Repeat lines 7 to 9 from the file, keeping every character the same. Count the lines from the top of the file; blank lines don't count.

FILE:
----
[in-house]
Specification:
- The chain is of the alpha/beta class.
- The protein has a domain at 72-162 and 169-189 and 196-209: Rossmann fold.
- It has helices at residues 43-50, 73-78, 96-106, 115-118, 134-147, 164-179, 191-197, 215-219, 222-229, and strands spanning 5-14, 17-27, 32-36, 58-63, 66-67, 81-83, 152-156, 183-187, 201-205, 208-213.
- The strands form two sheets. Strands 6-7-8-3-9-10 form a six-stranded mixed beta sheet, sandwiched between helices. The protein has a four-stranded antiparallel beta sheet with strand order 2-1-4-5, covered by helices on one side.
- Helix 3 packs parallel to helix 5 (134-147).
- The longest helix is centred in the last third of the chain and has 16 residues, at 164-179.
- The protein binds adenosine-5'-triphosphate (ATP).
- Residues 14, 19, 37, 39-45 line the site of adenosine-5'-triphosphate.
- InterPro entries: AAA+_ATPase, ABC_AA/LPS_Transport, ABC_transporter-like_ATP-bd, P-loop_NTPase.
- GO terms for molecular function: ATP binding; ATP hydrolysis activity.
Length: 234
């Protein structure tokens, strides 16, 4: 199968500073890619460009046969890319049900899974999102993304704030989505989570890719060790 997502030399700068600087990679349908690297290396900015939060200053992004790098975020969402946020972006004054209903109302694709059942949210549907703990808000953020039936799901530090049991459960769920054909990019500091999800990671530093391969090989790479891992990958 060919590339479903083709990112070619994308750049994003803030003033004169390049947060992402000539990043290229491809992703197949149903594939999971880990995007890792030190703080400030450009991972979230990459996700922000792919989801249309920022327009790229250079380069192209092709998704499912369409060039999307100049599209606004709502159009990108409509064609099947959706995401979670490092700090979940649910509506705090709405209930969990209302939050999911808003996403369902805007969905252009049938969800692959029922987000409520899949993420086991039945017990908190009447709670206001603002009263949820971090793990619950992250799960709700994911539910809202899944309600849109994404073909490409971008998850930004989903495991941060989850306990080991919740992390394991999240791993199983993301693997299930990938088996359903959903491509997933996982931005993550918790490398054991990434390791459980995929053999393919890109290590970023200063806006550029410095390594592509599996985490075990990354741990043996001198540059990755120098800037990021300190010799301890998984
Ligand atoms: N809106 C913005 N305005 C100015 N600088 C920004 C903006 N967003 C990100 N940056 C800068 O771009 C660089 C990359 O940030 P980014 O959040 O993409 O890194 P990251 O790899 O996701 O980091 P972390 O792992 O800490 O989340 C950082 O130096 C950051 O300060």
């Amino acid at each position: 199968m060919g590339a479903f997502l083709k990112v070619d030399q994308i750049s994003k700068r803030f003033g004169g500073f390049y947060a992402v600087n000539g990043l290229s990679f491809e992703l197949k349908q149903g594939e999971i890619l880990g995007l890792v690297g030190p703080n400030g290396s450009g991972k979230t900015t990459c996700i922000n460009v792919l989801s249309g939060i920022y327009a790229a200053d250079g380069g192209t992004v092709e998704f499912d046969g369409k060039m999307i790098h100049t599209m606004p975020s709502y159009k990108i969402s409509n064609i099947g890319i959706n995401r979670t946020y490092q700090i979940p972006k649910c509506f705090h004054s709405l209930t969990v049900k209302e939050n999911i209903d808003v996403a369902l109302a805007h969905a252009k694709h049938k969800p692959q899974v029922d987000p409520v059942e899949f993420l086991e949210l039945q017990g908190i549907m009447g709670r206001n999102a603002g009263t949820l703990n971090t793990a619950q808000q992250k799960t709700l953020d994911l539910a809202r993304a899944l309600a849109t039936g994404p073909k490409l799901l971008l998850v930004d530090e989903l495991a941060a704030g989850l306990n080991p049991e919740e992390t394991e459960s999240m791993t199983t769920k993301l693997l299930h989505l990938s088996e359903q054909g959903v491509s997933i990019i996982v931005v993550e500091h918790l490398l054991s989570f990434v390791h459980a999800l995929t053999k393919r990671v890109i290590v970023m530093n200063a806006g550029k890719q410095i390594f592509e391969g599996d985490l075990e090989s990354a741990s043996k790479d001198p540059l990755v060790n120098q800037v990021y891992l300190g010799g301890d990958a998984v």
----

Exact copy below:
- Helix 3 packs parallel to helix 5 (134-147).
- The longest helix is centred in the last third of the chain and has 16 residues, at 164-179.
- The protein binds adenosine-5'-triphosphate (ATP).